## Discussion

Using a large dataset of spring migrations of geese, swans and dabbling ducks, and a broad set of green wave metrics, we tested the green wave hypothesis using three methods, Simple Conventional Correlation, Correlation method evaluated by Stochastic Migrations and the introduced MSSM. Only the MSSM approach met the general expectations of the green wave hypothesis, and revealed that only a few of the grazer populations followed the green wave during spring migration. Hence, although the green wave hypothesis can explain migration patterns of some avian grazers, it does not represent the predominant proximate mechanism determining spring migration progress in the studied herbivorous waterfowl populations at large geographical scales. We therefore conclude that within the taxonomical and geographical range covered in this study, tracking the green wave is neither a global phenomenon nor a ubiquitous driver of spring migration of herbivorous waterfowl.

Our study suggests that the variation in the associations between migration patterns and the green wave can, to some degree, be related to variation in bill shape of herbivorous waterfowl. Bill shape correlates with waterfowl diet composition24, specifically, with the level of dependence on grazing green leaves/shoots. Herbivorous bird species with higher bill depth-length ratios are more effective grazers, but less able to exploit other sources of plant food24. Therefore, species with large bill depth-length ratio are more likely than other species to migrate with the green wave during spring, to match closely the shift in the timing and location of suitable grazing sites along their routes. Our stochastic simulations supported the green wave hypothesis chiefly for the most exclusive grazer, the barnacle goose, with the highest depth-length ratio and the largest proportion (2/3 populations) of significant migration–green wave associations. The only other species for which stochastic simulations supported this hypothesis was the greater white-fronted goose (with the second largest bill depth-length ratio in our sample), whereas the East Asian population of that species (and all other populations of all other species) with smaller ratio showed no migration–green wave associations.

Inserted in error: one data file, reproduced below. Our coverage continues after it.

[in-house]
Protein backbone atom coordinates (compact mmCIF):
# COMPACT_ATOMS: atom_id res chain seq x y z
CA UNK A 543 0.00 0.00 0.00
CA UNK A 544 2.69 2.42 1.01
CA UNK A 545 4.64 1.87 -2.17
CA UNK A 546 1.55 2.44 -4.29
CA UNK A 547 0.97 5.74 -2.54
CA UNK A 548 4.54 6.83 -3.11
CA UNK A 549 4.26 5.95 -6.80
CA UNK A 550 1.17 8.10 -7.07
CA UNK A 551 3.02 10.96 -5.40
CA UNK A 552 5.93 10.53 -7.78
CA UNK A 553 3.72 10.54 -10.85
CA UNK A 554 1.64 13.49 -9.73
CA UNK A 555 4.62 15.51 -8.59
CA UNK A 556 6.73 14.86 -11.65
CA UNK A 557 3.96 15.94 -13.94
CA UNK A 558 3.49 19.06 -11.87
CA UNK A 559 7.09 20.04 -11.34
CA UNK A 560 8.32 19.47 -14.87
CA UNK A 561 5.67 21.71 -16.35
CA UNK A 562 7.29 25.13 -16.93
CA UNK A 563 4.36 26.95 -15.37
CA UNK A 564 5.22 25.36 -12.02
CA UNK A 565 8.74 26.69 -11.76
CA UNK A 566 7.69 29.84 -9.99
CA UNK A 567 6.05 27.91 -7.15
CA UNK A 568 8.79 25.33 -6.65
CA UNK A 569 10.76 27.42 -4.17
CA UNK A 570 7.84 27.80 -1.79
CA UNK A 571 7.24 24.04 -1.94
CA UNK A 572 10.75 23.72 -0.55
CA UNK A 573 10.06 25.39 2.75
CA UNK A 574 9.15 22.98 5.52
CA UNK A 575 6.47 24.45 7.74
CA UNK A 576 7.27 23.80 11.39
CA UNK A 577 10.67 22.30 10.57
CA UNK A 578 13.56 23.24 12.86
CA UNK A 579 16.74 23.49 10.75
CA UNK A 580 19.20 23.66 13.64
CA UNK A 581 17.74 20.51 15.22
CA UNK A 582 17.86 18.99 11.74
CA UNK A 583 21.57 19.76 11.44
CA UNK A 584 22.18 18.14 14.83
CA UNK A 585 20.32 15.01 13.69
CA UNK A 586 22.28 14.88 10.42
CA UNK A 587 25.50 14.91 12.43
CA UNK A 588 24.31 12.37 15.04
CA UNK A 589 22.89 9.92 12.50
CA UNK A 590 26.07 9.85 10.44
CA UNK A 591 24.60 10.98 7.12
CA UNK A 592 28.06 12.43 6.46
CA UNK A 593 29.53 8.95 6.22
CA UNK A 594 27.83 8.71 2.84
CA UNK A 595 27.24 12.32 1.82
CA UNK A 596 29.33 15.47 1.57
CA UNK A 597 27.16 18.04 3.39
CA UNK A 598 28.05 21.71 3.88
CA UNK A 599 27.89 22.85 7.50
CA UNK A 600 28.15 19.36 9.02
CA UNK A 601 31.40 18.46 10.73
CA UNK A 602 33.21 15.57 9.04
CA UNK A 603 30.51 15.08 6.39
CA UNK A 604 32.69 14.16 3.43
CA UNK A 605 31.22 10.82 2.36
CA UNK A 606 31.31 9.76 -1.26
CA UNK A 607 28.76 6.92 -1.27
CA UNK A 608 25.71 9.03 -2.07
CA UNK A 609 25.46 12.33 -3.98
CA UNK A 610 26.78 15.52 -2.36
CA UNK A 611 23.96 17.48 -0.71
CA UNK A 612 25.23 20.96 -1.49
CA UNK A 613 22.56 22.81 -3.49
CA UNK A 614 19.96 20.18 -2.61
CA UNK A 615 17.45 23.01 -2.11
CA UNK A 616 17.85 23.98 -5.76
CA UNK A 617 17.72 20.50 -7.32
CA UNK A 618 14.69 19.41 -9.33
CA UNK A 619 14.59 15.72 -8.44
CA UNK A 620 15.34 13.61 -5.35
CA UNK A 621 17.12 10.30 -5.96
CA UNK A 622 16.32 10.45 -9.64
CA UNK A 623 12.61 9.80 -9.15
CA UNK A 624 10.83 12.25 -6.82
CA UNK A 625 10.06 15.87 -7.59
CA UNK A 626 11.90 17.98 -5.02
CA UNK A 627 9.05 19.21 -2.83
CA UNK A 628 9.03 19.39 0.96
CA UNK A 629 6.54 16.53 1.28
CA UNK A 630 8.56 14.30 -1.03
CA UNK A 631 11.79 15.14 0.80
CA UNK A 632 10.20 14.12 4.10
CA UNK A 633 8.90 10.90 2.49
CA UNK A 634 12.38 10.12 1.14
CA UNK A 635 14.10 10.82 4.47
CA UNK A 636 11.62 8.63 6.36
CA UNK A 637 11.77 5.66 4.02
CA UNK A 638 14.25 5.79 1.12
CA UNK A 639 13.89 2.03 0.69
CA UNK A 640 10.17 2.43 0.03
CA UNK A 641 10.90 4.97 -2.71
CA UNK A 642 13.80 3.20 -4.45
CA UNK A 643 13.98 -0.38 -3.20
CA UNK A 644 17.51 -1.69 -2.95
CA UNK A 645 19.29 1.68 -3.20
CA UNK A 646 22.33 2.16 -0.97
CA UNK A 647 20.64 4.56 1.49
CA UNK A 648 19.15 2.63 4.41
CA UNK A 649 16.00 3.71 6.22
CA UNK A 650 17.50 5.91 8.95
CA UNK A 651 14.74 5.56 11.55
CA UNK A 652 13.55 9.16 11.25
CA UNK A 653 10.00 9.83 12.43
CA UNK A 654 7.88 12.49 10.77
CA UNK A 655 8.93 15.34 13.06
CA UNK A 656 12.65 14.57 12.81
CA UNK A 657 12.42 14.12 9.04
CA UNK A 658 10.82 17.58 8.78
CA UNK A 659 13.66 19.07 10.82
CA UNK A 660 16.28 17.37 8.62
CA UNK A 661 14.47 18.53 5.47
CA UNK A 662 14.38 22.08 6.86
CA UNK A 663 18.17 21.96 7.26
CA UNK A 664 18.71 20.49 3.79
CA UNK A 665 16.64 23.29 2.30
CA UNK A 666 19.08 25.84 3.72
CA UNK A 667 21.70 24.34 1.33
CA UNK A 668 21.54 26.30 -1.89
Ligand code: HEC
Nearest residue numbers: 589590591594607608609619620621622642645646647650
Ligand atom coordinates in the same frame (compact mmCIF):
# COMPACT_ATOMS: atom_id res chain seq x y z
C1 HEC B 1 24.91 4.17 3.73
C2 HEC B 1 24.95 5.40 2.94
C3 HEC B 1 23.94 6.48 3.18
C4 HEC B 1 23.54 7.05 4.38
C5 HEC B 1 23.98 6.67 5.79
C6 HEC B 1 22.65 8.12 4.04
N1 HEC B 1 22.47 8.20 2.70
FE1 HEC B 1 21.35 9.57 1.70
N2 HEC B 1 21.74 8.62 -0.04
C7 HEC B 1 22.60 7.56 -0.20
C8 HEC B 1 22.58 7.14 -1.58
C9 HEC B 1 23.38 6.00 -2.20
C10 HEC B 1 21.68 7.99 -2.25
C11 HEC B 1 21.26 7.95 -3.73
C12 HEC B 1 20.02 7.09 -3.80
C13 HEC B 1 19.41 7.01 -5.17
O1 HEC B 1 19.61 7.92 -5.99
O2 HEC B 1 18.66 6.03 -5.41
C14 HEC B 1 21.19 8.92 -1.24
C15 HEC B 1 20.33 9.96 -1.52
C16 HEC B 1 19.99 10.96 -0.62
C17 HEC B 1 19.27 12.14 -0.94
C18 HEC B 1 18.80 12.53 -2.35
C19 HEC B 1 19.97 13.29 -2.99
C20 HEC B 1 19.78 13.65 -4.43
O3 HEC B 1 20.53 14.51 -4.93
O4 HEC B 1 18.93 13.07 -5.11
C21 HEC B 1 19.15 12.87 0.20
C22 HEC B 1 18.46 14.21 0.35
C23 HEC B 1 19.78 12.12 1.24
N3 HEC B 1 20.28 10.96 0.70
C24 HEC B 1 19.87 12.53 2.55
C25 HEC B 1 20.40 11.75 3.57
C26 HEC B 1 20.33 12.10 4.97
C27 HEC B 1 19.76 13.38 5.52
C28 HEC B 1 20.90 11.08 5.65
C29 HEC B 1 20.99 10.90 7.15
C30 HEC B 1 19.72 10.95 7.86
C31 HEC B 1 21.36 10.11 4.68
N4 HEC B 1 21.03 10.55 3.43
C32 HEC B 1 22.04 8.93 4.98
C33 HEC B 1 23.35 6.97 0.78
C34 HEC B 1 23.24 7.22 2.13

The exception of the East Asian greater white-fronted goose from this otherwise general bill shape effect was notable. Furthermore, our analyses showed no support for the green wave hypothesis also for all other five populations of geese, swans and ducks in this region. We suggest that human disturbance, which plays an important role in determining the progress of bird migration29,30, could explain the geographical deviations from the green wave hypothesis, especially in East Asia. In this region, hunting pressure, land use change, poisoning and other human disturbance are intensive31,32. Five wintering goose species were almost entirely confined to natural wetlands in the Yangtze River Floodplain33, whereas geese elsewhere in the world commonly use energetically profitable farmland habitats34,35. This could explain our finding that for all East Asian species included in our analyses, simulated spatially stochastic migrants obtained higher green wave metric values than the observed tracks (Figs. 24 and Supplementary Figs. 46), indicating remarkably poor (worse than random) selection of stopover sites by the birds in relation to the green wave. Furthermore, tracked birds arrived consistently earlier than the green wave at stopover sites (Fig. 2, Supplementary Fig. 2, Supplementary Table 5). To explain these results, we propose the following scenario. Birds at initial (early spring) stopover sites departing northwards skip subsequent stopover sites along their migration route with high forage quality (i.e., green wave phenomenon) due to excessive human disturbance there (e.g., habitat loss or physical human activity), forcing the birds to undertake longer jumps to the next stopover sites. Consequently, the birds arrive to their next stopover sites prior to the date of optimum availability of local food resources at that latitude (i.e., ahead of the green wave) and stage longer in these sites. This proposed explanation is supported by the lack of stopover sites between the Yangtze wintering ground and northeast China, a huge area with potentially good green wave conditions rendered apparently inaccessible to migrating birds (Supplementary Fig. 2). This is also corroborated by the finding that waterbirds in this flyway progress northward in jumps double the length of those in the western Palearctic flyway36. Furthermore, early arrival to stopover sites ahead of the green wave would be expected to lengthen stopover duration, potentially explaining the ~25% longer stopover duration found for greater white-fronted geese in East Asia compared with the Barents Sea (mean ± SD 12.17 ± 11.37 vs. 9.79 ± 8.57 days, respectively; t-test, t = −2.0403, df = 183.31, p = 0.043). Hence, habitat loss, excessive human disturbance and hunting in East Asia and some other parts of the world might challenge the ability of migrating waterbirds to surf the green wave.